Today Jesus speaks first of our belonging to God.  Each and every one of us is a child of God.  We are all knit together in the womb and are all therefore born with a spark of the divine within us.  We are all created by and dearly loved by God.  We are all called to God.  Even though some deny or reject God, they too sense His presence in their lives and in the world.  Out of His great love for each of His children, God continues to call out, to reach out to them.  God never gives up on anyone.

Jesus then speaks of the evolving relationship we experience as we get to know Him more and more.  As our relationship with Jesus grows, we come to see the connection between God and Jesus – that they are one.  As we continue on our journey of faith it is to become more and more one with Jesus.  We also come to see our unity with Jesus.  We long to grow in Him and to see the world as Jesus sees the world.  Our eyes become eyes of love.

Jesus ends this section of His prayer by asking for God’s hand to be upon us.  He prays, “Holy Father, protect them by the power of your name – so that they may be one as we are one”.  Not only does He ask for God to be with us and to protect us, but Jesus also prays for our unity.  He knows that unity is important for Christians.  We walk the road of faith best when we walk it together.  This was Jesus’ model with the disciples and He prays for this for all who believe and for all who will believe.  Jesus desires for us to have unity not only with God and Himself, but also with each other.  This day and every day may we ever seek to be one with God, one with Jesus, and one with each other.


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Ask

Reading: John 14: 1-14

Verse One: Do not let your heart’s be troubled.  Trust in God; trust also in me.

Faith is a journey.  At times we feel our faith is strong and is mature.  We feel like we are well-connected to Jesus.  Our daily walk includes time in the Word and time in prayer.  Part of our week always includes worship and maybe even a small group time.  We clearly see how Jesus is “the way, the truth, and the life”.  We have a quiet assurance that Jesus is leading our lives and we hold onto His promise of “a room prepared for us”.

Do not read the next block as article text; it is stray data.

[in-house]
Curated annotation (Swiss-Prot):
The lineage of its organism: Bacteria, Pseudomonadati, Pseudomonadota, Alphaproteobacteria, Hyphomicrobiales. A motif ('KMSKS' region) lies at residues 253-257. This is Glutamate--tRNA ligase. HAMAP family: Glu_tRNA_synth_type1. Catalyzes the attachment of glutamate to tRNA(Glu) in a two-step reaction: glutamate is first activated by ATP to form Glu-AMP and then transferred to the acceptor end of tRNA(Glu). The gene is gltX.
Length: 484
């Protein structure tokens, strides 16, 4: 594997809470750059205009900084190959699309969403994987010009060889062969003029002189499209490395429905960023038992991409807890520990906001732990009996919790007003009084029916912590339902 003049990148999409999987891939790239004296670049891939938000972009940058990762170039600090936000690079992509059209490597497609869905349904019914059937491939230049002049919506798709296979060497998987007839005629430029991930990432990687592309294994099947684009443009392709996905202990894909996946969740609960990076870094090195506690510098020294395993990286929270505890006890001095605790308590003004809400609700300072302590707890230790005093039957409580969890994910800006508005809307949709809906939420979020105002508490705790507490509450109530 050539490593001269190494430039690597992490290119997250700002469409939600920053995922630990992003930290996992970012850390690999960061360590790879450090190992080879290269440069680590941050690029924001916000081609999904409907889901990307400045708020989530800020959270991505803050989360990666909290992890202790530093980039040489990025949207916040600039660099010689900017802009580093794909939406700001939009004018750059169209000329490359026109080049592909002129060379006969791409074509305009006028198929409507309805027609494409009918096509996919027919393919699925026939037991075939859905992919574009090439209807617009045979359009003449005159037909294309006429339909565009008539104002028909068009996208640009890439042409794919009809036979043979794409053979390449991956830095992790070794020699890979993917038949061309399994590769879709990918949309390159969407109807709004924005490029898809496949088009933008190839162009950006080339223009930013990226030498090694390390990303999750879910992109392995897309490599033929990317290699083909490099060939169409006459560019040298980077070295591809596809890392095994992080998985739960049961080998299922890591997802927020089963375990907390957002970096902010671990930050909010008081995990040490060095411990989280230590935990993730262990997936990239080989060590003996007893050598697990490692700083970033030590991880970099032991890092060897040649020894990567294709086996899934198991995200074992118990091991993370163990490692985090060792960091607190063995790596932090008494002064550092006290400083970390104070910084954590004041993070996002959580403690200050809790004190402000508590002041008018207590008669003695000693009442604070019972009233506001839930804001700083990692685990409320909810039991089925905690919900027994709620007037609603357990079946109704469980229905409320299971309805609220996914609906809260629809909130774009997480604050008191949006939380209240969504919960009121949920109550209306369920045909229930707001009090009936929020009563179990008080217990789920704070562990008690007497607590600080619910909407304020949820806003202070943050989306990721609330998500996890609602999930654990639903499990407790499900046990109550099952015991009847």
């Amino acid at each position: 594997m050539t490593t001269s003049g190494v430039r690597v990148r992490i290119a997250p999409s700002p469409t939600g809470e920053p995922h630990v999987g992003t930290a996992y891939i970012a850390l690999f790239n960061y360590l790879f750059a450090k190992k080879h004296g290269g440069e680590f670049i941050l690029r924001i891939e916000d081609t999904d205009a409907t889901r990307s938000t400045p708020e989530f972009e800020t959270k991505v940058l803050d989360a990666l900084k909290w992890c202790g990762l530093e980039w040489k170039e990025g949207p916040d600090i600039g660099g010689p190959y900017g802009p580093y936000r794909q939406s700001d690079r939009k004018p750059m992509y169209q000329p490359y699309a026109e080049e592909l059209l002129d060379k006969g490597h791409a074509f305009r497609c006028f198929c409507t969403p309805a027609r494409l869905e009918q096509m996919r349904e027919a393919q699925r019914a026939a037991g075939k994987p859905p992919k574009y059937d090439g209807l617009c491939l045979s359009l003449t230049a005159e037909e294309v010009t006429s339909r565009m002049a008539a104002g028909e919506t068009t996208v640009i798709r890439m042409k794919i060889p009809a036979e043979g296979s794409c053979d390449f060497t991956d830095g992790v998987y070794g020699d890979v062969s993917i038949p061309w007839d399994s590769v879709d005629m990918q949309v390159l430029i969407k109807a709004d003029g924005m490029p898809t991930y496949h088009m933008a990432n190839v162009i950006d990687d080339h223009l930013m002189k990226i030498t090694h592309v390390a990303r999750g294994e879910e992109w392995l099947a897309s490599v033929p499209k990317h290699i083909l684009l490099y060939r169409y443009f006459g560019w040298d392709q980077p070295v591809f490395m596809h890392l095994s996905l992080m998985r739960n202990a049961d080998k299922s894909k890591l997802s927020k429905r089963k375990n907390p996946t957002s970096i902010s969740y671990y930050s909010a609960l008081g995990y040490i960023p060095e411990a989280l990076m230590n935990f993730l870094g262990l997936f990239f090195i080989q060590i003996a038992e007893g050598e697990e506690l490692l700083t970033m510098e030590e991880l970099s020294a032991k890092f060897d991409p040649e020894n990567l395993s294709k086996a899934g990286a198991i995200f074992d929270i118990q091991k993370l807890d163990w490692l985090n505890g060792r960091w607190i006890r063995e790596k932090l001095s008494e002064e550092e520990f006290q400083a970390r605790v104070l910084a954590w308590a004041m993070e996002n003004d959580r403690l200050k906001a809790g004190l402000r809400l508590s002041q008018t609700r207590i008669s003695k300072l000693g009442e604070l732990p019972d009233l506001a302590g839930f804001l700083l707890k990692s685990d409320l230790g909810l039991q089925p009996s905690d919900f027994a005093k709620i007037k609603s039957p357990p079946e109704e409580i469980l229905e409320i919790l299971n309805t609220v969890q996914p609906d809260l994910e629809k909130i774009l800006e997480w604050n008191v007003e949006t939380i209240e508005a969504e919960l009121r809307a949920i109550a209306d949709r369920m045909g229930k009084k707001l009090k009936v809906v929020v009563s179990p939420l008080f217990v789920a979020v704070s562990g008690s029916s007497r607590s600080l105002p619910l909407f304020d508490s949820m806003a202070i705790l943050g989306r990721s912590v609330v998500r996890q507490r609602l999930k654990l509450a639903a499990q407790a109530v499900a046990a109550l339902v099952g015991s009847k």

And then we don’t.  Something happens.  Someone says or does something.  Satan exposes a crack and suddenly there is a chasm between us and our faith, between us and Jesus.  Satan uses lies, doubts, fears, anxiety, and much more to make us question our faith and to question Jesus.  Our mind becomes filled with questions like “Why?” and “How?”.  Soon that faith and assurance seems like a distant memory.  It can happen so fast.  We’ve all been there.

Passages like today’s speak into moments like these.  When we still our hearts and minds and really read Jesus’ words, our feet return to the path of our faith journey.  We hear Jesus’ voice saying, “Do not let your hearts be troubled.  Trust in God; trust also in me”.  Jesus has us.  He is there for us in the midst of our trial or suffering and He will be there again and again and again.  In His voice, we hear again that the room is prepared for us.  No one can cancel our reservation.